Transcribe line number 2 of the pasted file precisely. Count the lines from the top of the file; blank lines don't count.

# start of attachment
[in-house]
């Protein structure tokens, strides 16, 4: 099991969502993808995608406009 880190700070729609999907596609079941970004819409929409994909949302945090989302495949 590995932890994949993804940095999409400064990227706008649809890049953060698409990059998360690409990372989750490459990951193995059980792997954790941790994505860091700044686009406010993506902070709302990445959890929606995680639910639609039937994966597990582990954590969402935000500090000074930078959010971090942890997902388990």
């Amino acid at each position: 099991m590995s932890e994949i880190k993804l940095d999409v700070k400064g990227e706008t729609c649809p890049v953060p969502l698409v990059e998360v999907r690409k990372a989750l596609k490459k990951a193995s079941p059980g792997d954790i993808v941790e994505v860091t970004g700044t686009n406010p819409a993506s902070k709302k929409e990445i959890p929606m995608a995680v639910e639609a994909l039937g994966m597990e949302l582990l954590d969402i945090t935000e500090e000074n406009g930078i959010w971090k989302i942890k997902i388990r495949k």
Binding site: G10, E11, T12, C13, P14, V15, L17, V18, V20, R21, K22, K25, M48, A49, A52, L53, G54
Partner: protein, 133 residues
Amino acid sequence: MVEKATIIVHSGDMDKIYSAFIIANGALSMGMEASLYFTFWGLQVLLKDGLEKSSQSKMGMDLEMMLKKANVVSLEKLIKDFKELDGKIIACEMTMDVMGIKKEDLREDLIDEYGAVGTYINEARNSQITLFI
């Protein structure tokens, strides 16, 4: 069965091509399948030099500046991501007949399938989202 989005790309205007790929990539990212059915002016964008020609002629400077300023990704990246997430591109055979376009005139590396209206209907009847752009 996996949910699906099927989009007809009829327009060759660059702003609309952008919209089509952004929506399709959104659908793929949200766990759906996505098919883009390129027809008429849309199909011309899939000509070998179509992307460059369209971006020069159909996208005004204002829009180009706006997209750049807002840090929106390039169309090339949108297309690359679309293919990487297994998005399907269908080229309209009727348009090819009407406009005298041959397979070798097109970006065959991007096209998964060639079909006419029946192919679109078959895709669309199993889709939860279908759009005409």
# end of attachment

């Protein structure tokens, strides 16, 4: 099991969502993808995608406009 880190700070729609999907596609079941970004819409929409994909949302945090989302495949 590995932890994949993804940095999409400064990227706008649809890049953060698409990059998360690409990372989750490459990951193995059980792997954790941790994505860091700044686009406010993506902070709302990445959890929606995680639910639609039937994966597990582990954590969402935000500090000074930078959010971090942890997902388990």